Boris Johnson admits again there’s no evidence of Russian interference in British politics
Despite both the prime minister and Johnson conceding on numerous occasions there has been no Russian involvement in British democracy, the issue continues to be raised in Parliament. Less than two weeks ago Johnson said there was “not a sausage” of evidence against Russia.
Speaking in the House of Commons on Tuesday, Johnson said: “We’ve seen no evidence of any country successfully interfering with our robust electoral system.” Without citing any evidence, he went on to say: “But we know of course that Russia seeks to undermine our institutions using disinformation to further their ends including on social media and the best guarantee against that is a free open press and an accessible media.”
Johnson added that allegations of “election meddling” by Russia given by May were referring to examples outside the UK. “She made that clear,” Johnson claimed.
During a speech at the Lord Mayor’s Banquet last week, May accused Russia of meddling in European elections, hacking attacks on Western government institutions and spreading fake news – without citing any evidence.
At Prime Minister’s Questions later in the week, May was forced to admit no such interference has occurred in the UK. She was responding to a question from Labour MP Mary Creagh, who referenced a report in the Times that said around 400 Russian-based Twitter accounts posted on the Brexit referendum. What the MP failed to mention was that 78 percent of the tweets examined were posted after the June 16 referendum.
May has ratcheted up the rhetoric on Russia in recent weeks. At her speech at the Lord Mayor’s Banquet, she claimed Russia is “threatening the international order on which we all depend,” alleging that Moscow has been doing so by “meddling in elections, and hacking the Danish Ministry of Defense and the Bundestag [German parliament] among many others.”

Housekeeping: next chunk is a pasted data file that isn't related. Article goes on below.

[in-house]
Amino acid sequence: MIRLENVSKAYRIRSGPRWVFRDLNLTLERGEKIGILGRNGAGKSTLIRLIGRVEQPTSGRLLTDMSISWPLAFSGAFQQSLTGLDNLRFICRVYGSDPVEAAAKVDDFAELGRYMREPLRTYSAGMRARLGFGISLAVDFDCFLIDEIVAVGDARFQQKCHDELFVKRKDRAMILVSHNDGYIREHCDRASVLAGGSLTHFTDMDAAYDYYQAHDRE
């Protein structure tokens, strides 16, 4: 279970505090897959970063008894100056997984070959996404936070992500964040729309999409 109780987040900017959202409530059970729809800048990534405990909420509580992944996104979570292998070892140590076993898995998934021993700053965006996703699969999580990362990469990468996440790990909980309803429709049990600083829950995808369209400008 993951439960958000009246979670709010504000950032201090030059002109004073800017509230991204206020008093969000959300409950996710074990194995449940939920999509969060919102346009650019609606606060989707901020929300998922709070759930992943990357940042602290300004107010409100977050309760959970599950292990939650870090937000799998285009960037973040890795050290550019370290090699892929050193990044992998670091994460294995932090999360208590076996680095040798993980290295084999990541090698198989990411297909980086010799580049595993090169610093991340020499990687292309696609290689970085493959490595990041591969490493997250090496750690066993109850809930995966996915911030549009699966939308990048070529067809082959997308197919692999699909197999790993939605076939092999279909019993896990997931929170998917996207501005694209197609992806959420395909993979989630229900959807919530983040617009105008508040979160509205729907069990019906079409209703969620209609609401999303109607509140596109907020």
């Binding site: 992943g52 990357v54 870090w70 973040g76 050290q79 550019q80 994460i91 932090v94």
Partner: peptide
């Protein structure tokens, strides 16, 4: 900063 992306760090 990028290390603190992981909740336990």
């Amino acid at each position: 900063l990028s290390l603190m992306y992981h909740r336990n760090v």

“We know what you are doing. And you will not succeed,” she said, adding that Russia should not underestimate the stability and “enduring attraction” of Western society.
In response, Konstantin Kosachev, head of the Russian Federation Council Committee on Foreign Affairs, wrote in a Facebook post that May’s speech was “surprisingly full of ideological clichés.” He added: “The mistake is that this conflict is not ideological and there will be no ‘triumph of Western values’ this time, no one is fighting them here.”
Russia’s ambassador to the UK, Alexander Yakovenko, says that any notion of Russian interference in Brexit is “outright insulting for the British government and the British people.”
In the wake of US media reports claiming Russia meddled in the US election, politicians and media outlets across Europe began speculating about how Moscow may have attempted to interfere in their countries’ affairs. Russian Foreign Minister Sergey Lavrov has called the claims ridiculous, emphasizing there is no proof Russia has been involved in any external election processes.
Earlier this month, Johnson was also forced to admit in the House of Commons that Britain could not pinpoint any specific Russian cyberattacks in the UK.